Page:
McDonald's Hoisted On Its Own Hashtag
McDonald’s posted its eighth straight year of positive sales around the globe and, while it is concerned about rising prices and the impact on franchisees, it expects the trend to continue, Maureen Morrison reports in Ad Age. It plans to open 1,300 outlets, including 250 in China, and to renovate about 2,400 restaurants in the coming year. It’s also presumably rethinking its social media strategy following what the Financial Times describes as a “hijacking” of a Twitter campaign last week.
“McDonald’s bought two ‘promoted tweets’ using Twitter’s nascent advertising system, which it hoped would encourage happy customers to share their ‘McDStories’ on the quick-fire messaging site,” write Tim Bradshaw and Alan Rappeport. “But the clickable ‘hashtag’ which McDonald’s used to aggregate these tweets was quickly hijacked by less-than-satisfied diners, who used Twitter to vent about food-poisoning incidents and allegations of low standards of employee and animal welfare at the restaurant group.”
To be fair, when you serve 68 million customers a day, you’re going to have a portion that is disgruntled. In fact, the law of averages dictate that it’s going to be a sizeable portion, compared to, oh, what the Moosewood Restaurant might drum up over a lifetime. The question is whether you hand them the microphone that is social media.
“Some marketing whizzkid proclaimed: 'When u make something w/pride, people can taste it,' - McD potato supplier #McDStories,” Hannah Roberts opines in the U.K.’s Daily Mail. “But within minutes the tweets began to go radically off message, as the hash-tag took on a life of its own. Detractors seized on #McDStories as an opportunity to document their alleged horror stories at the Golden Arches.”
Some sites, such as the Daily Mail, seem to delight in repeating the nasty Tweets. We’ll spare you the details this early in the morning but warn you that you’ll encounter words such as feces, vomit and diarrhea.
“Somewhere in corporate Hamburgerland, an ad executive with a penchant for ‘social media’ and ‘the Twitter’ thought a McDonalds-themed hashtag would sell more food. Oh boy was he wrong. Mickey D's Twitter push is backfiring harder than E. coli vomit,” writes Sam Biddle on Gizmodo. “The facile burger peddlers hoped to create a ‘viral,’ ‘organic’ marketing campaign, presumably comprised of customers sharing their fond fast food memories. Something like ‘I miss eating nuggets with grandma. #RIPgrams #mcdstories.’”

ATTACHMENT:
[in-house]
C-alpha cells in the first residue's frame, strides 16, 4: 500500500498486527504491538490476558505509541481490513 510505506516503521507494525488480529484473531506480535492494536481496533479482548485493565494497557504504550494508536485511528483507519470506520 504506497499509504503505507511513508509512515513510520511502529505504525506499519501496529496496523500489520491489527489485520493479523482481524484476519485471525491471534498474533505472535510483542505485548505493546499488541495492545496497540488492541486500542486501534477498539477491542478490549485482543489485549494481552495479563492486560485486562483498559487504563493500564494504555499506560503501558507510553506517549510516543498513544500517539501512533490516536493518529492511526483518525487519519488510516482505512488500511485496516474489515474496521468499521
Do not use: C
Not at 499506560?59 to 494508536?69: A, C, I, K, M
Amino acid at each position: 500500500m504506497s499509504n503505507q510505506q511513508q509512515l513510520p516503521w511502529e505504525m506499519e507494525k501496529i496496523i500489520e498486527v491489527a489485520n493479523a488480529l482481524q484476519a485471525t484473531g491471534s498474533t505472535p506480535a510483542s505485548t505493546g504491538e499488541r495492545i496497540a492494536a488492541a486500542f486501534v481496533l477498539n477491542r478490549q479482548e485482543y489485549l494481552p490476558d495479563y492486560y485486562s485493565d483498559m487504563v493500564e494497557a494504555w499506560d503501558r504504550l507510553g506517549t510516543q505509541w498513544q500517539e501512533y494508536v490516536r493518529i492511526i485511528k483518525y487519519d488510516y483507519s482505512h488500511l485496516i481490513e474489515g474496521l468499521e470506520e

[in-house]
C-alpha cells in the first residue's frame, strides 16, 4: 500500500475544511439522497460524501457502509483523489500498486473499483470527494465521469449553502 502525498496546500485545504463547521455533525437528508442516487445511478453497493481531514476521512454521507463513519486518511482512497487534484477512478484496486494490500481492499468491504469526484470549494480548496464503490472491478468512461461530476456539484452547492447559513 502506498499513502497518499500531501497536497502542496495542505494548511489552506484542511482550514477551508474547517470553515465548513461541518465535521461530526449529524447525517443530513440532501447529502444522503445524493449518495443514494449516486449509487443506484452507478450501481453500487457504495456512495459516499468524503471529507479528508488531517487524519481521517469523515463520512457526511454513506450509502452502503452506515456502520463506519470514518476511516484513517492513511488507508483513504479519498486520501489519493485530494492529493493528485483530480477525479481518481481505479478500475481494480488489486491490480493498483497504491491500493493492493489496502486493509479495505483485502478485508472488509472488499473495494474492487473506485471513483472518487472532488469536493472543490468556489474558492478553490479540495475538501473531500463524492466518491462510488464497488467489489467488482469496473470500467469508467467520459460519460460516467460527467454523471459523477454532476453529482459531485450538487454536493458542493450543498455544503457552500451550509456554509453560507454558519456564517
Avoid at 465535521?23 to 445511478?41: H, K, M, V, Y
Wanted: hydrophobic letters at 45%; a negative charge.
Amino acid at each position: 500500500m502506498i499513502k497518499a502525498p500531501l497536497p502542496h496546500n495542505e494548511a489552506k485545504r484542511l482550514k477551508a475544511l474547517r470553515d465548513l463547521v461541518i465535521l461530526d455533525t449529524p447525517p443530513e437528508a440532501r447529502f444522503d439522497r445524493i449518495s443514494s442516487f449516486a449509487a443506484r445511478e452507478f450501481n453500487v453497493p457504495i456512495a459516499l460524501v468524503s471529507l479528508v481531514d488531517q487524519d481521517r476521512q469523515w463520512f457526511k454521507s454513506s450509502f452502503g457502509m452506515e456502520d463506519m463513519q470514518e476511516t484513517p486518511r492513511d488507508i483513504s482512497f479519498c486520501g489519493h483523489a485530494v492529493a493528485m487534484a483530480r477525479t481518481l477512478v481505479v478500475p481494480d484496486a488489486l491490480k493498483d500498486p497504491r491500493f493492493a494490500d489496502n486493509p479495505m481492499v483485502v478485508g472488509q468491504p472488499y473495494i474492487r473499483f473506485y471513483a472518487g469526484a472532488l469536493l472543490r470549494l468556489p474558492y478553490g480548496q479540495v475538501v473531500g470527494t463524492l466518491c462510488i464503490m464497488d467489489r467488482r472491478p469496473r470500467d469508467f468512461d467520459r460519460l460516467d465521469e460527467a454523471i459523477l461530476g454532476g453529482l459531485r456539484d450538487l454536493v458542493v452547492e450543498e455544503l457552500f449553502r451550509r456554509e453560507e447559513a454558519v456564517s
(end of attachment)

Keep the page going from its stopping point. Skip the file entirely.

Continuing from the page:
Ouch. That’s not some lame-o ad executive sitting in a Starbucks somewhere dreaming up The Twitters. That’s somebody’s grandson with extensive online experience -- and he took the bullet, sort of.
The 24-hour campaign was going along smoothly last Wednesday until about 2 p.m., when it “switched from its first hash-tag #MeetTheFarmers to its second one #McDStories,” reports PaidContent’s Jeff Roberts. “Within an hour, we saw that it wasn’t going as planned,” Rick Wion, McDonald’s social media director, tells him. “It was negative enough that we set about a change of course.”
Roberts says that Wion seemed to be telling him “that a certain amount of social media blowback is unavoidable if a company is a lightning rod in the first place.” But, writes Roberts, “the episode also shows that, in the case of Twitter, a hashtag released into the wild can’t be re- captured.”
Meanwhile, the chain “is reaching critical mass on a nearly decade-long, multibillion-dollar global renovation and rebuilding project it is betting will boost sales, traffic and brand perception,” Emily Bryson York reports in the Chicago Tribune this morning.
Cultural tastes dictate different exterior designs by area of the world, according to Denis Weil, McDonald's VP of concept and design. “But needs inside the restaurants are more common,” Bryson York writes. “On the inside, major metropolitan areas like London, New York and Shanghai share a similar look, distinct from suburban or rural areas, he said.”
And while it’s adding healthy-sounding products such as blueberry-banana-nut oatmeal to the menu and will roll out extensions such as a blended-ice Cherry Berry Chiller and Chicken McBites, a popcorn-chicken product that’s available through April 20, the staples that made it Mickey D’s in the first place remain strong, CEO Jim Skinner indicated during a conference call reported on by Ad Age’s Morrison.
"We will also continue to feature our flagship core items, Big Mac, hamburger, cheeseburger, Chicken McNuggets and our world-famous french fries, all of which account for roughly 30% of our sales," he says.
"As we begin 2012, we are intensifying our efforts toward the global priorities that represent our greatest opportunities under the 'Plan to Win' -- optimizing and evolving our menu, modernizing the customer experience and broadening accessibility to our brand," Skinner adds in a statement.
Even, apparently, if that means that sometimes it’s a bit too accessible.